If you’ve ever noticed that your mood seems to dampen during the fall and winter months, you may be experiencing Seasonal Affective Disorder, otherwise known as SAD. In fact, many people live with a mild form of SAD and don’t even know it.
A form of clinical depression, SAD symptoms include:
- lack of interest in normal activities
- social withdrawal
- carbohydrate cravings
- weight gain
Unlike other mood disorders, SAD symptoms are associated with seasonal changes in light, often occurring only during the autumn and winter months, with the most difficult months being January and February.
Outside of the winter months, SAD can be triggered by long stretches of cloudy weather or working year-round in a dark environment without natural sunlight.
Symptoms may vary in intensity. Any of these symptoms, alone or in tandem with one another, can have a serious effect on your quality of life.
Prevention & Management
With the right course of treatment, SAD can be a manageable condition.
Ask your doctor about these four ways you can prevent and manage SAD.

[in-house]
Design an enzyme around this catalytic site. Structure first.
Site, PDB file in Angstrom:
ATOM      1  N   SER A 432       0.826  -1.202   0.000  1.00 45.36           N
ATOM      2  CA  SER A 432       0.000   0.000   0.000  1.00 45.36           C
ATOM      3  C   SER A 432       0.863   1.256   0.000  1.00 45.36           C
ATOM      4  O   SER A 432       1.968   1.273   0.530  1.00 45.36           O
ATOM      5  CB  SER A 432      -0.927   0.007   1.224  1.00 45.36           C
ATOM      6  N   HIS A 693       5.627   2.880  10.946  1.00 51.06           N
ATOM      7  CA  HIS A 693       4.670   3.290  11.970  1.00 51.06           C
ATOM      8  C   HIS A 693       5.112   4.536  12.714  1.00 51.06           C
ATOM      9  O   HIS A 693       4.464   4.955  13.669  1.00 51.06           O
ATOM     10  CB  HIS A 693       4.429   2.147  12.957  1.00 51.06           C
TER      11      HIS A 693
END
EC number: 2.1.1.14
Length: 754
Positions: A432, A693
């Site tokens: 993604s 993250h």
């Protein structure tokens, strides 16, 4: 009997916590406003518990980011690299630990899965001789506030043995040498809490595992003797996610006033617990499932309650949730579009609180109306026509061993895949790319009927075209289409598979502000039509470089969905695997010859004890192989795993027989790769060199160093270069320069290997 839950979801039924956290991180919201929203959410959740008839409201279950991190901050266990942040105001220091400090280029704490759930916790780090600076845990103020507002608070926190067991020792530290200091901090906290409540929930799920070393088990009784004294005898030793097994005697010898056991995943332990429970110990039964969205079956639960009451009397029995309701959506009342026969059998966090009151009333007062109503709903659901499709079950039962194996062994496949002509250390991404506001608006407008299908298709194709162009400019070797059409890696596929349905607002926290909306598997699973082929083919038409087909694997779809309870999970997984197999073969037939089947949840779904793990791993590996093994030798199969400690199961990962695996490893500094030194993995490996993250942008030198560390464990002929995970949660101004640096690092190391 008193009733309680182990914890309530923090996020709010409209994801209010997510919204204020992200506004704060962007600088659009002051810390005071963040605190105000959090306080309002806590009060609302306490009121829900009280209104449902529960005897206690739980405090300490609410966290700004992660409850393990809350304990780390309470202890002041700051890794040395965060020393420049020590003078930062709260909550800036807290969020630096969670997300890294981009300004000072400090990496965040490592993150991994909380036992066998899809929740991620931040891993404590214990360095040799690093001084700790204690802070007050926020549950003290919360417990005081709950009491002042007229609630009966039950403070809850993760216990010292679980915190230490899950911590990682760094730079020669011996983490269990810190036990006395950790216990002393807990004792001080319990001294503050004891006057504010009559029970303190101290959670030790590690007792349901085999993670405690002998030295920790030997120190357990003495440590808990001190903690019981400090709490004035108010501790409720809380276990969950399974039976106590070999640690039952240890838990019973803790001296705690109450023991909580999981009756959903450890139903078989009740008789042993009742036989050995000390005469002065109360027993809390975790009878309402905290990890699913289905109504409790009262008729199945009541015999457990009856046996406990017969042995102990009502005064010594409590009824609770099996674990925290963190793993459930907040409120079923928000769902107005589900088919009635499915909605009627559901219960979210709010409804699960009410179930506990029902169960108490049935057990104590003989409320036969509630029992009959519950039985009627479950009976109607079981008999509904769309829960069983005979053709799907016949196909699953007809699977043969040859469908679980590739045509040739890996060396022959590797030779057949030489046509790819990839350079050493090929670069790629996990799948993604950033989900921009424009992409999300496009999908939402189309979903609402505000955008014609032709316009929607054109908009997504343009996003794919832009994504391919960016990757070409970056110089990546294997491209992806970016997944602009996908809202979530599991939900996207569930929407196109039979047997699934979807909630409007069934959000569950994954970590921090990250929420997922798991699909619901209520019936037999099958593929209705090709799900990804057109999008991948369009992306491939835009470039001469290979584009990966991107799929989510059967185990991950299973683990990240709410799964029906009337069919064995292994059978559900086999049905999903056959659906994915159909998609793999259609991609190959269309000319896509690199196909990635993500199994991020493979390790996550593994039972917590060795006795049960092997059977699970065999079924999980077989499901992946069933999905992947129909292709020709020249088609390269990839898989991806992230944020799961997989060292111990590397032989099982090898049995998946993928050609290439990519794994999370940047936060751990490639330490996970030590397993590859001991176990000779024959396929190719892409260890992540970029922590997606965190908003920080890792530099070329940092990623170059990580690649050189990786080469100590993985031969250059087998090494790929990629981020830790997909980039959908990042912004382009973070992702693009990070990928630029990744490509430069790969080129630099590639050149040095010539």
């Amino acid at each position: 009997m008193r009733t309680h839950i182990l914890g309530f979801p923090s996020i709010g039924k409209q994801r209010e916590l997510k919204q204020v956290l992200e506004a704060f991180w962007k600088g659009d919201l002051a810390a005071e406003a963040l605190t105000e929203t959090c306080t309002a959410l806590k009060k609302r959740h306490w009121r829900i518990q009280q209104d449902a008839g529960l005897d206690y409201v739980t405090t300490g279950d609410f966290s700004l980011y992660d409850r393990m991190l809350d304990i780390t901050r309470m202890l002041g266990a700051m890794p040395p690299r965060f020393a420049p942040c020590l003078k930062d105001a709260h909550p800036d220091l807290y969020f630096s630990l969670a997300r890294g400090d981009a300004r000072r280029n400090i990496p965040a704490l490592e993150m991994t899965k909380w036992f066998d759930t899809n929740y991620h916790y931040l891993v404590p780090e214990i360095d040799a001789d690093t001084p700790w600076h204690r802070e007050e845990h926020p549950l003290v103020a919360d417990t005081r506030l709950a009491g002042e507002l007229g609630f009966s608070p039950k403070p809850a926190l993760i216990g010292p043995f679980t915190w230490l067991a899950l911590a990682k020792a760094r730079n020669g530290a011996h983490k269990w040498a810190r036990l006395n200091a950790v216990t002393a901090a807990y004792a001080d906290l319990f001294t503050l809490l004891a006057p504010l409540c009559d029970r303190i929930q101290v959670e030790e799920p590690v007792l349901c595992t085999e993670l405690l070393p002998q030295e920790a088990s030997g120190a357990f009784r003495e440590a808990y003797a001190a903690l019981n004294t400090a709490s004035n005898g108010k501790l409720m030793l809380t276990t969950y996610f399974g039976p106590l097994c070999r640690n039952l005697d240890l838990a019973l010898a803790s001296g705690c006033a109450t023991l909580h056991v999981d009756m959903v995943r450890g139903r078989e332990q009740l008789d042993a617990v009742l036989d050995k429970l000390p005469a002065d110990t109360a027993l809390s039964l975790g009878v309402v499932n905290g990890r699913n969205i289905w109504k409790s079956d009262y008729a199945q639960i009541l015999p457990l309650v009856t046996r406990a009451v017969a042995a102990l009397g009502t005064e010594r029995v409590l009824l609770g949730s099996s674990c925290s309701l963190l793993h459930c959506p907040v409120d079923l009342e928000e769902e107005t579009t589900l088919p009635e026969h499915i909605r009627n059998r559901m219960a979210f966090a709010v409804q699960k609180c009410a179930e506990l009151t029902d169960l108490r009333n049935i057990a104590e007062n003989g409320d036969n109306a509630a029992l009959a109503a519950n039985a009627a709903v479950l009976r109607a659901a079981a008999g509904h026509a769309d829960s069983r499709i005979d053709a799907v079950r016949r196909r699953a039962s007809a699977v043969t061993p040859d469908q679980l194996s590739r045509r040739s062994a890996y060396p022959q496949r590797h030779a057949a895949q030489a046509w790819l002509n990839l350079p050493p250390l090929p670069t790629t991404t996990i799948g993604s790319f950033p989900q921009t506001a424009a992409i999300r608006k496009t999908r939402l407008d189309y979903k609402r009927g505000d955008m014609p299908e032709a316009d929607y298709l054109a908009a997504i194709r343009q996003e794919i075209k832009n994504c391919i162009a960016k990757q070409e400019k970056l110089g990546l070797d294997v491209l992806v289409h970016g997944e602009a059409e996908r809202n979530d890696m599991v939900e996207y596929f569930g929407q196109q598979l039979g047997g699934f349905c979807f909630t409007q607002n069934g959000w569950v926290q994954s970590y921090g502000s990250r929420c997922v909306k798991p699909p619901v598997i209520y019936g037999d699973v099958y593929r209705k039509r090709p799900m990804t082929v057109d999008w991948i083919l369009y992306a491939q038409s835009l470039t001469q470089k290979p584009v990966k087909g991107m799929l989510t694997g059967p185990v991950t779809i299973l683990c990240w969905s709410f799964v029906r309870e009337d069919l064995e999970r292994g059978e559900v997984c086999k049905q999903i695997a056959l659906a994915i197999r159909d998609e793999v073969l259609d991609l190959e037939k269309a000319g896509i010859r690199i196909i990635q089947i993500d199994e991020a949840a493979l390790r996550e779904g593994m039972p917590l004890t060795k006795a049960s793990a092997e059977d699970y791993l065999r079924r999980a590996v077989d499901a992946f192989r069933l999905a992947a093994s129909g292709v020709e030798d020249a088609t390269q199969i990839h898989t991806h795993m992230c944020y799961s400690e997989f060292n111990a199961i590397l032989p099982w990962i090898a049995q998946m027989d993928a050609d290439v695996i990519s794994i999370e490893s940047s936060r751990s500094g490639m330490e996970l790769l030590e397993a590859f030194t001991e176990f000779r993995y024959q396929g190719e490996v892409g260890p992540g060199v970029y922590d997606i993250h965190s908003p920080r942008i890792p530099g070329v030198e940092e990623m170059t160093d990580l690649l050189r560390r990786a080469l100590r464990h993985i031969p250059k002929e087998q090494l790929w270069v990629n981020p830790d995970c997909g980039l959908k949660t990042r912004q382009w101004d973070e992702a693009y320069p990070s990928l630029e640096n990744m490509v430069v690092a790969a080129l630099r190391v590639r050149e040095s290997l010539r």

1. Get as much sun as possible.
Bundle up and take a walk, sit near a window at work, or participate in outdoor winter sports. However you choose to do it, exposing yourself to sunlight can help curb the symptoms of SAD.
2. Give phototherapy a try.
Otherwise known as light therapy, phototherapy often uses a special fluorescent lamp to trick the brain into thinking the day is longer, and it has proven to be an effective treatment option for many.
Just 30 to 90 minutes of daily exposure may have profound effects on your mood.
3. Increase your vitamin D intake.
Although there is still insufficient evidence to conclude that vitamin D deficiency causes depression, cross-sectional studies have identified associations between depression and low vitamin D levels.
Discuss intake of vitamin D supplements with your healthcare practitioner.
4. Supplement with a healthy lifestyle.
What are your tips for dealing with seasonal affective disorder (SAD)? Share in the comments below!
American Psychiatric Association. “Seasonal Affective Disorder.” Accessed December 2014. http://www.psychiatry.org/seasonal-affective-disorder
American Psychological Association. “Bright Lights, Big Relief.” June 26, 2006. http://www.apa.org/research/action/light.aspx
Parker, G., and H. Brotchie. “‘D’ for Depression: Any Role for Vitamin D?” Acta Psychiatrica Scandinavica 124 (October 2011): 243–249. doi: 10.1111/j.1600-0447.2011.01705.x.